Despite dozens of calls for impeachment from conservatives over the last six years, Karl Rove says it’s actually the White House that’s pushing the impeachment frenzy.
The former deputy chief of staff to President George W. Bush condemned Democrats for their “impeachment ploy” in an op-ed in Thursday’s Wall Street Journal.
“Mr. Obama and his party are now claiming in every conceivable setting that Republicans will impeach him if the GOP wins this fall,” Rove writes, listing off a series of events where Democrats have discussed impeachment in recent weeks.
“All this is complete and utter nonsense,” Rove writes. “No sane person believes that even after the midterms there will be the necessary 67 votes in the Senate to remove Mr. Obama, even if the House voted to impeach him.”
, but both Rove and Boehner seem to have forgotten that conservatives have been pushing an impeachment agenda since the president was elected. Democrats may be profiting from itThe Washington Post’s comprehensive run-down of impeachment calls lists a dozen hints at impeachment by elected Republicans over the last six years.
In July, the current round of impeachment fever was kicked off when the GOP’s 2008 vice presidential nominee and tea party darling Sarah Palin began fervently calling for impeachment over the president’s handling of the border crisis. The party’s majority whip left impeachment on the table in a Fox News interview shortly after, too, stoking the coals.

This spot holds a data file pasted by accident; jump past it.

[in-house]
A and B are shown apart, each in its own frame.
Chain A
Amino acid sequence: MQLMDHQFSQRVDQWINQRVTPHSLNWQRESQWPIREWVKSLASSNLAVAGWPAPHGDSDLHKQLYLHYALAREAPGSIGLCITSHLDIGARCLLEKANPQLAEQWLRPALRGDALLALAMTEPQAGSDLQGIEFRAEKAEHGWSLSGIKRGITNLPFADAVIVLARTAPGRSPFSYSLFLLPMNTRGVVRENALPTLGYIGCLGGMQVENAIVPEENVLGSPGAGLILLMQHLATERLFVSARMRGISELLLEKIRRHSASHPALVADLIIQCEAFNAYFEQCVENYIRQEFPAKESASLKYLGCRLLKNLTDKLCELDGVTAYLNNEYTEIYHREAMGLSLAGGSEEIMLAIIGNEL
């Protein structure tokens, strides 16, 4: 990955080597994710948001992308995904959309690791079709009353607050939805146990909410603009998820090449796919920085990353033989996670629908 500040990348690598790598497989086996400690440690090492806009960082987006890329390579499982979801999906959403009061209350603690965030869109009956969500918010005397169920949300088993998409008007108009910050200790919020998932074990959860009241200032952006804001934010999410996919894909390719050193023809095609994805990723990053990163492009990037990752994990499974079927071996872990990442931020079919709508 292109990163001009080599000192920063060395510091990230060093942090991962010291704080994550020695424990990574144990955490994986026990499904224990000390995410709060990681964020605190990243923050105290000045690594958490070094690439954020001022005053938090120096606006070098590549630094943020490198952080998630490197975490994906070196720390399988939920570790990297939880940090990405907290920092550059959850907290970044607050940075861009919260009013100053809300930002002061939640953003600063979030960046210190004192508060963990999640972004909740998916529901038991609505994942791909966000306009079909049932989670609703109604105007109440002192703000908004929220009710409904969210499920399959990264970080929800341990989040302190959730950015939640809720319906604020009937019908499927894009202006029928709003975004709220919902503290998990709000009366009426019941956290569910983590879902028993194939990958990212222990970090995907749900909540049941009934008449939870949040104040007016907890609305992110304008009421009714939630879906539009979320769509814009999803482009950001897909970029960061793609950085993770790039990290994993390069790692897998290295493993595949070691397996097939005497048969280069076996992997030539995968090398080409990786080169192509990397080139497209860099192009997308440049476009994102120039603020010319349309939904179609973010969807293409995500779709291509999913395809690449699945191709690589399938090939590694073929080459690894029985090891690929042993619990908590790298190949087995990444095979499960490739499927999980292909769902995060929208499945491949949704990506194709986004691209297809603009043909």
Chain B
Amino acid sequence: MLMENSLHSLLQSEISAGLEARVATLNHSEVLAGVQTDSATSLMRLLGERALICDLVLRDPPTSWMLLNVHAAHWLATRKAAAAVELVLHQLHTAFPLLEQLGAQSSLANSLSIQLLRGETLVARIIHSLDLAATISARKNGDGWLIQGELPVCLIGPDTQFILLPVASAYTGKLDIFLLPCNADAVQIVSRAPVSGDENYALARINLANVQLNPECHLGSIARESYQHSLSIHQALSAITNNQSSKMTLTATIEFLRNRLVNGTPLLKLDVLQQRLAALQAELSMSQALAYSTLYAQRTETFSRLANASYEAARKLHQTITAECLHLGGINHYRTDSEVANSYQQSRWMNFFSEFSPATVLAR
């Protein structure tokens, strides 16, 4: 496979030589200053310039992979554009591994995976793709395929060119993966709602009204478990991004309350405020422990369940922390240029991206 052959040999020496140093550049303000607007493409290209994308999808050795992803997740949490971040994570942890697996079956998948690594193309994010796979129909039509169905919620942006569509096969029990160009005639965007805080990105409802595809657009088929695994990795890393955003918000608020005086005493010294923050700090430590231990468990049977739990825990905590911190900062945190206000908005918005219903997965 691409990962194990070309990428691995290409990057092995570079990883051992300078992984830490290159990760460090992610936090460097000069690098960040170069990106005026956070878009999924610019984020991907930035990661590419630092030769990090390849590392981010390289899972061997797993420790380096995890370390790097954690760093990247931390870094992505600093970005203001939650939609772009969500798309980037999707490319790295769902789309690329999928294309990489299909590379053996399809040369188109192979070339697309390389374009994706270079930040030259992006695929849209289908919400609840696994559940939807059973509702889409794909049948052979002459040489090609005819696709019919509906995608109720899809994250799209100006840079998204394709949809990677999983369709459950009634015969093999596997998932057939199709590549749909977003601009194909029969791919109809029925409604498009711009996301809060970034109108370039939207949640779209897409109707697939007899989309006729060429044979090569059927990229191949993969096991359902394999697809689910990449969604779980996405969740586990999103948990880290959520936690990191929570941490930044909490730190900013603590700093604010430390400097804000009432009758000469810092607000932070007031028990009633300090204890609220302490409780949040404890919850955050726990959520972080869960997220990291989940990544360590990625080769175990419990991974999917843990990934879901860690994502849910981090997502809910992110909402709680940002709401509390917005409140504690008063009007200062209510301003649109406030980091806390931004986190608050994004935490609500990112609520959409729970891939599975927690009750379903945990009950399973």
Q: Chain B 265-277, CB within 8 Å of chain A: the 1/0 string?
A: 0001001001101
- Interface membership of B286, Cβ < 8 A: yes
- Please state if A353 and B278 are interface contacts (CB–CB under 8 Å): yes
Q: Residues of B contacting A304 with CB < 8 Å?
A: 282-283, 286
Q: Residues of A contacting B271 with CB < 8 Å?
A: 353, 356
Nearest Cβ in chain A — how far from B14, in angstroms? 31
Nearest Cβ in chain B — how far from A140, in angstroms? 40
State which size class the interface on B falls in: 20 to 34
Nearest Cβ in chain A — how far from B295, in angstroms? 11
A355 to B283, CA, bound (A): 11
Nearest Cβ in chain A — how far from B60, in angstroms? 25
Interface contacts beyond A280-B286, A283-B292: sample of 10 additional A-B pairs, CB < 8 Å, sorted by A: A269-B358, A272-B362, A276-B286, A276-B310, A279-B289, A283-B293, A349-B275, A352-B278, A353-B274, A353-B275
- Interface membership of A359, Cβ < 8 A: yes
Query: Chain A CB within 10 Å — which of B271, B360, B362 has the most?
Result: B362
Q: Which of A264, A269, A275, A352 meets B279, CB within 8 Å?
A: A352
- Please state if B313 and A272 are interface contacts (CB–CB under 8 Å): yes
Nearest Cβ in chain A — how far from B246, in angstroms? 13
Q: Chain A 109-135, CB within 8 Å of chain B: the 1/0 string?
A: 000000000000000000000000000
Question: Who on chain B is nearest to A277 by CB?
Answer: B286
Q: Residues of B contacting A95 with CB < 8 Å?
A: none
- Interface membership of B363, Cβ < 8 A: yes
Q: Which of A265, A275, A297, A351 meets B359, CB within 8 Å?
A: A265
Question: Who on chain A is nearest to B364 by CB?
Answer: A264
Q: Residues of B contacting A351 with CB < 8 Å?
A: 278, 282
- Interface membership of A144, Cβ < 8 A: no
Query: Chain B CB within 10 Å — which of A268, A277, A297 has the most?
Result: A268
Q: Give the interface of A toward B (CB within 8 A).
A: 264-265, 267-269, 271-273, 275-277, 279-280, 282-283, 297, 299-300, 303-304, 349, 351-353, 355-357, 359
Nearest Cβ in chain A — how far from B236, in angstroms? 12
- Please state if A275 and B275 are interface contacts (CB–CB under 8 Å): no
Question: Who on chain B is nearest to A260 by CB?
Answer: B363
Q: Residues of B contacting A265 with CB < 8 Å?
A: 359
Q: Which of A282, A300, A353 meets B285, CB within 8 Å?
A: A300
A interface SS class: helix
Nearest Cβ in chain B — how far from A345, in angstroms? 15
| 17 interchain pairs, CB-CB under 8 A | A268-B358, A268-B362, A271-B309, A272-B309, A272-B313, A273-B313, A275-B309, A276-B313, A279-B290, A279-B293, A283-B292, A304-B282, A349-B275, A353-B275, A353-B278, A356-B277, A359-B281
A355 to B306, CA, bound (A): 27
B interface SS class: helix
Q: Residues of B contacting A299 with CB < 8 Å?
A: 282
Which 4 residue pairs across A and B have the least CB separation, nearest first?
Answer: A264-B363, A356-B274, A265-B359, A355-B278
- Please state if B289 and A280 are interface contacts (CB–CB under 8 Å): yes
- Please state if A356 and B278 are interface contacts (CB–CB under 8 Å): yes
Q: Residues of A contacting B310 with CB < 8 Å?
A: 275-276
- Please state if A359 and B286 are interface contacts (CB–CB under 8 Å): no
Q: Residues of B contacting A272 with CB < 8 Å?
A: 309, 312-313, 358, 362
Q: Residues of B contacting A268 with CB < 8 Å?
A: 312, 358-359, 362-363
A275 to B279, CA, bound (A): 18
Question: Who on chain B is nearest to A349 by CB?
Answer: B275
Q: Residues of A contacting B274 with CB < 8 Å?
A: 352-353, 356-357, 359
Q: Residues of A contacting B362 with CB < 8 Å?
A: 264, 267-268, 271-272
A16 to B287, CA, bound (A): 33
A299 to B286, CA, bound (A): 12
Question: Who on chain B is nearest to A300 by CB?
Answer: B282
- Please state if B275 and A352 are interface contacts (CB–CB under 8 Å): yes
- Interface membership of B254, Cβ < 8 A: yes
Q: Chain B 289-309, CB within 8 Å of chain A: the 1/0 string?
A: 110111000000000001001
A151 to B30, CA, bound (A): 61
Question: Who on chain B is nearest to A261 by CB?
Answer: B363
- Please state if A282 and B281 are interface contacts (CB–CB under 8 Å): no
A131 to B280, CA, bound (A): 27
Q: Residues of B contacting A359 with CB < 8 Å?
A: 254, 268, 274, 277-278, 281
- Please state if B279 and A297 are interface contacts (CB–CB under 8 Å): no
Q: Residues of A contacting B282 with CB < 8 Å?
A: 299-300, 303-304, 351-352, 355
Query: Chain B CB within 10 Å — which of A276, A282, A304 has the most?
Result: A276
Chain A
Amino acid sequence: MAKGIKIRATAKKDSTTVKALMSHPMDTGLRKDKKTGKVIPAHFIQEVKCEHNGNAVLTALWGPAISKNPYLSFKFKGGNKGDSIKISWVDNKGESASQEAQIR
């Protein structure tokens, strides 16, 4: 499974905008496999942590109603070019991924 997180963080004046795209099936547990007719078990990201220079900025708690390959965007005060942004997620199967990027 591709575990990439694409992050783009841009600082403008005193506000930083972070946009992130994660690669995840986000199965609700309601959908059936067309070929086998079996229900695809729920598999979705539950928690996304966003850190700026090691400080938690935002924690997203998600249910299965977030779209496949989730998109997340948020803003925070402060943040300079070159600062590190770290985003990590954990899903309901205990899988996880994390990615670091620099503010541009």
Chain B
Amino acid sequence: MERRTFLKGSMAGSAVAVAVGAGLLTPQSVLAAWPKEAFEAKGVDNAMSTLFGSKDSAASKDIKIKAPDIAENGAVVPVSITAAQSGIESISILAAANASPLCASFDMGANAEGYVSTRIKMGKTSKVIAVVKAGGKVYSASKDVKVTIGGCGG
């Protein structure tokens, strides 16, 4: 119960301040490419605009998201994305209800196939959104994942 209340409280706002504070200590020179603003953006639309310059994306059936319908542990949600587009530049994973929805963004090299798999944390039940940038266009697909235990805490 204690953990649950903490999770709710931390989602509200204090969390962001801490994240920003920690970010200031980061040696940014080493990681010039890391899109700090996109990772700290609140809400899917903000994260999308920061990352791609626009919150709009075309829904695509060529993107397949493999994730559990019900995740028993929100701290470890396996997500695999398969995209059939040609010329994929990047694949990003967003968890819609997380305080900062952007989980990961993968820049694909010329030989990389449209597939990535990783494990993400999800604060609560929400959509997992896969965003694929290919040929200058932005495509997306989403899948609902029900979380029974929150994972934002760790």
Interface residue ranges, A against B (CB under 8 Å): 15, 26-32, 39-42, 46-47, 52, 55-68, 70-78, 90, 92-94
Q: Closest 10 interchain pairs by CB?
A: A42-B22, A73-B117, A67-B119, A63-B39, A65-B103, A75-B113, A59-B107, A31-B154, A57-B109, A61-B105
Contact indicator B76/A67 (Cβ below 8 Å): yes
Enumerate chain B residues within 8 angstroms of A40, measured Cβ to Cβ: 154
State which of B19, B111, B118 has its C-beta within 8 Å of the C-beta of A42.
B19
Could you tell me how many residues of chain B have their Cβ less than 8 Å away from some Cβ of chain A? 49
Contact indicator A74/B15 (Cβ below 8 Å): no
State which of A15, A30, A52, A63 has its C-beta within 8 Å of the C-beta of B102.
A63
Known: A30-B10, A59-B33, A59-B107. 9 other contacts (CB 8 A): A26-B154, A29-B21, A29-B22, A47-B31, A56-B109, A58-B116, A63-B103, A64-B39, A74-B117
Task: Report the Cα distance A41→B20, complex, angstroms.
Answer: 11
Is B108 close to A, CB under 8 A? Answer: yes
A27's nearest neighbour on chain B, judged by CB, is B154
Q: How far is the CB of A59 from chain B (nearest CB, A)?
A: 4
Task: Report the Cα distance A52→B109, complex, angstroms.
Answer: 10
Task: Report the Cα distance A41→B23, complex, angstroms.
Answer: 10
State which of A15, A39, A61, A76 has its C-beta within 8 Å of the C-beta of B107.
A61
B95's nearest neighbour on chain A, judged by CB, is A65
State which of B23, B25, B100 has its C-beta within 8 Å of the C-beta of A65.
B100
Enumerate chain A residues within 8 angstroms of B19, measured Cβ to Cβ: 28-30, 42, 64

White House press secretary Josh Earnest rattled off a list off Republicans who have recently spoken favorably of impeachment at Tuesday’s briefing, listing Reps. Steve King of Iowa, Ted Yoho of Florida, Lou Barletta of Pennsylvania, “the distinguished” Steve Stockman and Blake Farenthold both of Texas, and Kerry Bentivolio of Michigan.
“That’s an indication that if this is the case, then maybe the speaker should direct that attention and that message to members of his own conference,” Earnest said about Boehner’s retorts.
Rove argues that Democrats are using impeachment talk to motivate a “lethargic Democratic base, worn-out and embarrassed by Mr. Obama’s incompetence and lack of leadership” and distract voters from “everything else.”